The Trump government recently announced its plans to propose further restrictions on VISAS and green cards, for immigrants who are likely to use public aid benefits, including nutrition programmes, as well as housing and medical aid.

According to the policy, proposed by the Department of Homeland Security, immigrants who have received, or are likely to receive, public benefits might be excluded from permanent residence, under a new definition of the “public charge rule”. This immigration rule targets people who depend on state aid for subsistence. It has been a long-standing requirement for US immigration officials to deny residence permit to people likely to depend on public benefits, but authorities had only applied this rule on cases where dependence on state aid was primary and direct.

However, under this new definition, the Trump administration would practically expand the scope of restrictions to also apply to a larger number of public assistance programs, even if the applicants are not solely dependent on them. As such, the proposed regulation will require immigration officers to review a number of personal circumstances related to the applicant’s health, family situation, income and history of public benefits use.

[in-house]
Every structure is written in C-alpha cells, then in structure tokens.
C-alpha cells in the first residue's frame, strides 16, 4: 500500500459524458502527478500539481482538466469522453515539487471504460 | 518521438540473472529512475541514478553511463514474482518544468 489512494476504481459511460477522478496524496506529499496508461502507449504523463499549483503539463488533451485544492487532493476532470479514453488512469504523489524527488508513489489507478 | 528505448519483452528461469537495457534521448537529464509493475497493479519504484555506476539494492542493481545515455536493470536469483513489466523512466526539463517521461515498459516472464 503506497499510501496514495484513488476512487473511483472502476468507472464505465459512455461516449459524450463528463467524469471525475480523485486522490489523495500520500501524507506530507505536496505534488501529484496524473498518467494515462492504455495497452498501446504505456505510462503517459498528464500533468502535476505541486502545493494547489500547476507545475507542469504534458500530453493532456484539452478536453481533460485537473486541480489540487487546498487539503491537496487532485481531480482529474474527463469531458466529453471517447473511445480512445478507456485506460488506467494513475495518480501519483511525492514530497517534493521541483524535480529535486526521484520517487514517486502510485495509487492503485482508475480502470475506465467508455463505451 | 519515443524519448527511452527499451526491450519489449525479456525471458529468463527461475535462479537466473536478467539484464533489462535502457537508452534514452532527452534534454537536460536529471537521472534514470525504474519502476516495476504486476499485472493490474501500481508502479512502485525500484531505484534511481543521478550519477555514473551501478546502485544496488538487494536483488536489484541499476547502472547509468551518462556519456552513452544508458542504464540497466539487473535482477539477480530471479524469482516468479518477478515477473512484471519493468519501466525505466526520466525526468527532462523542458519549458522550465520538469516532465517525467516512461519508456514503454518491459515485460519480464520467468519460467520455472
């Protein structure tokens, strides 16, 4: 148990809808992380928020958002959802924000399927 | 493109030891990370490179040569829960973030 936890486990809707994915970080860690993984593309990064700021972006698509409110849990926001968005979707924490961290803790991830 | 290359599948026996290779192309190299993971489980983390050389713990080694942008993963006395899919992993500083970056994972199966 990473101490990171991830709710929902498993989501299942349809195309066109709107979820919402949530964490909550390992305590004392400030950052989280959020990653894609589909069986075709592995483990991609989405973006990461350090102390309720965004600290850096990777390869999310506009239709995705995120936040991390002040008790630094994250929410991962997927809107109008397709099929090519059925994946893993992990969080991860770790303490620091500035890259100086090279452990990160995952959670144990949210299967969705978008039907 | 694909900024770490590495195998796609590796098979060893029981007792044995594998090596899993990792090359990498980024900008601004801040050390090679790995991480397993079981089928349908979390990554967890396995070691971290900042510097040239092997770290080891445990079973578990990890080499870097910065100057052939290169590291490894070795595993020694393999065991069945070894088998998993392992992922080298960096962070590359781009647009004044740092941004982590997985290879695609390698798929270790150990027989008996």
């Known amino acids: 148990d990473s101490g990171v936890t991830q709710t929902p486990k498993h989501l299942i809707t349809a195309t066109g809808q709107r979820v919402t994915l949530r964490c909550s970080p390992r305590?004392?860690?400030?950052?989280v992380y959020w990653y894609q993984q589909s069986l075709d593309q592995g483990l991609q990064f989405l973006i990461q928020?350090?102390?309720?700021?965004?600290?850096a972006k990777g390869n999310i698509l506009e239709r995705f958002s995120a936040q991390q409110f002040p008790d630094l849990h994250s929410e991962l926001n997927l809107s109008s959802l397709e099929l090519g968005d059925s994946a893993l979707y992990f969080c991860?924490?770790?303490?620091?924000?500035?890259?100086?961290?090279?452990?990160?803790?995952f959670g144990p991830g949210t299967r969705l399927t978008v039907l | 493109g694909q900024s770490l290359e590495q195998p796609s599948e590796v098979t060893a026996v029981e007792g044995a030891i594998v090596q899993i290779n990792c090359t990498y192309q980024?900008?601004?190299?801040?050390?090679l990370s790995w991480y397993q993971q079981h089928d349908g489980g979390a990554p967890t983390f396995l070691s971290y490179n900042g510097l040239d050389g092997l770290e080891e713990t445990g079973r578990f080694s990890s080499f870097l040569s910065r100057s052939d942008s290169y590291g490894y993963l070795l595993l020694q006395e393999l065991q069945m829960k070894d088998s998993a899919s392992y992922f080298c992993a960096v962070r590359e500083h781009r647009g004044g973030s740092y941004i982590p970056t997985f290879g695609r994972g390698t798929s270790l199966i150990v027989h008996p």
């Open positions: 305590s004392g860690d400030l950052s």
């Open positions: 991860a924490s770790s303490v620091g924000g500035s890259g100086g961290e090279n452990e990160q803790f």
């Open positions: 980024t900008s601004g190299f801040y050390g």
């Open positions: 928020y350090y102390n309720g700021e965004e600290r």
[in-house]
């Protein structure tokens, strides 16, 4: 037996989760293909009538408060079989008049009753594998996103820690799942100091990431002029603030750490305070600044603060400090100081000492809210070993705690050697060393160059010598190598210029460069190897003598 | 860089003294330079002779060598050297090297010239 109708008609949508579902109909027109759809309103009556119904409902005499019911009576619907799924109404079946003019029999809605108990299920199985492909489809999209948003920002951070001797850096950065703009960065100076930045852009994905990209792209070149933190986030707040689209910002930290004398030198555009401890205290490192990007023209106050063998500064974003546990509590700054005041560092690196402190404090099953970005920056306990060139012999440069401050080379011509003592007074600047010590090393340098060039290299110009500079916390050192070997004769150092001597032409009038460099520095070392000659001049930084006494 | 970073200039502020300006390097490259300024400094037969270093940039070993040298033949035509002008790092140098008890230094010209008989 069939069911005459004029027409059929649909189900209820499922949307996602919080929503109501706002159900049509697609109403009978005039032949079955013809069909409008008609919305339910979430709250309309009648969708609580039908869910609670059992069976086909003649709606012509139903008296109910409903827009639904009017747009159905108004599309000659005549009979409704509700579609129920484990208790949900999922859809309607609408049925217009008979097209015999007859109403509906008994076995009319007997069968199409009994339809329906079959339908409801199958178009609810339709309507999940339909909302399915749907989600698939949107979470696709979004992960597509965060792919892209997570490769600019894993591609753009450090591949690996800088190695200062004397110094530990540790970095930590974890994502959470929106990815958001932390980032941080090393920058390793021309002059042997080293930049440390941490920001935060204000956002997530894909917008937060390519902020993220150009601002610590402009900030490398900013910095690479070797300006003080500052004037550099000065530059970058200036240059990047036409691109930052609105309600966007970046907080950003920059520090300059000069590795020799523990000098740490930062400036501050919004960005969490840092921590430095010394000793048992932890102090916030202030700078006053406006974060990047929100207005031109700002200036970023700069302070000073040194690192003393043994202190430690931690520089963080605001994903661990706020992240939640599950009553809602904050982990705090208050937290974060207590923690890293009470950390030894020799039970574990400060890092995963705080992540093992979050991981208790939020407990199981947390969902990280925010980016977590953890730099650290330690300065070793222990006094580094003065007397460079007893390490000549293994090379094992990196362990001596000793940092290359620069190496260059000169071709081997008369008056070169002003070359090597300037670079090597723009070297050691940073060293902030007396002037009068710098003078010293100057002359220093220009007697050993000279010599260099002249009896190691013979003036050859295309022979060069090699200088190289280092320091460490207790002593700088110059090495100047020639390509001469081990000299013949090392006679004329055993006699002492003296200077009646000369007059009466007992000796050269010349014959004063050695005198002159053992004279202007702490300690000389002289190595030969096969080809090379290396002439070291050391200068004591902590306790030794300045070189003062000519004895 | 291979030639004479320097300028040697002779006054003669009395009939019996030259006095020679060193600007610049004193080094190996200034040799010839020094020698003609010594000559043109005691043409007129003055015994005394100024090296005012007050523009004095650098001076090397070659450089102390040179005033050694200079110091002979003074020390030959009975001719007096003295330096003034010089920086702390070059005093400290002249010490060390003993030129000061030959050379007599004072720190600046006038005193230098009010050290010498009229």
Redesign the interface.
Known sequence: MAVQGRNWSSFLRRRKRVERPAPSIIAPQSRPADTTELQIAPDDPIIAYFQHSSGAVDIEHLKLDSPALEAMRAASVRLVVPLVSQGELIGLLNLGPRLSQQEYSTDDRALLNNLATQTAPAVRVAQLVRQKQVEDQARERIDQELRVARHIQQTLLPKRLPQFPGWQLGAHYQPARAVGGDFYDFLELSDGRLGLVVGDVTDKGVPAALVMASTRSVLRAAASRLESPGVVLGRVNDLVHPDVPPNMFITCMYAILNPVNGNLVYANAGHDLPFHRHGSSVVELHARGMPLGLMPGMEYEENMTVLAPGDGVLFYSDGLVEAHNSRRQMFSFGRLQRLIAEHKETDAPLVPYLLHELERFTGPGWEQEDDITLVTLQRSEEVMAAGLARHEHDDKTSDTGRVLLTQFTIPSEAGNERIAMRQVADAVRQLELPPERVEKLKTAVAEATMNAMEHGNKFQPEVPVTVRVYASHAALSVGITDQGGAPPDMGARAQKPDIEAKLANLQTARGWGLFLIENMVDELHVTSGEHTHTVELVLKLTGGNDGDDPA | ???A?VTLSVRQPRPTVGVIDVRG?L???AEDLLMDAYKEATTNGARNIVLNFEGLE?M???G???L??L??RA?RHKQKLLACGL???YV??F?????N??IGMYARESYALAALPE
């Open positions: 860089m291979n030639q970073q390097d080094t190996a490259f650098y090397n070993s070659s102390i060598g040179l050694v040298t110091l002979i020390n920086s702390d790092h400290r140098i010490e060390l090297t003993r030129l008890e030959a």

As a result, US immigrants have reportedly begun to refrain from using public assistance programmes, out of fear that this new rule would interfere with their residence status. Rand, co-founder of Boundless Immigration, a technology company helping people navigate through the US immigration system, said the proposal was filled with small details “designed to ensnare hundreds of thousands if not millions of people who would otherwise have been perfectly eligible for green cards or other visas”.

The policy proposal falls under recent policy developments in US immigration moving towards deterrence of unauthorised entry in the United States. Earlier this month, a proposed regulation was announced, introducing the option to indefinitely detain immigrant families, by applying a narrow definition of the 2001 Flores agreement, regarding US standards of family detention. Moreover, a new policy came into effect on Monday, October 1, instructing VISA agencies to refer immigrants for deportation proceedings in more cases than previously possible. Under this new policy, vulnerable groups, such as victims of gender-based violence are at greater risk of deportation, should they fail to correctly report the crimes.

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Photo: (CC) Ted Eytan, March 2017

This article appeared in the ECRE Weekly Bulletin . You can subscribe to the Weekly Bulletin here.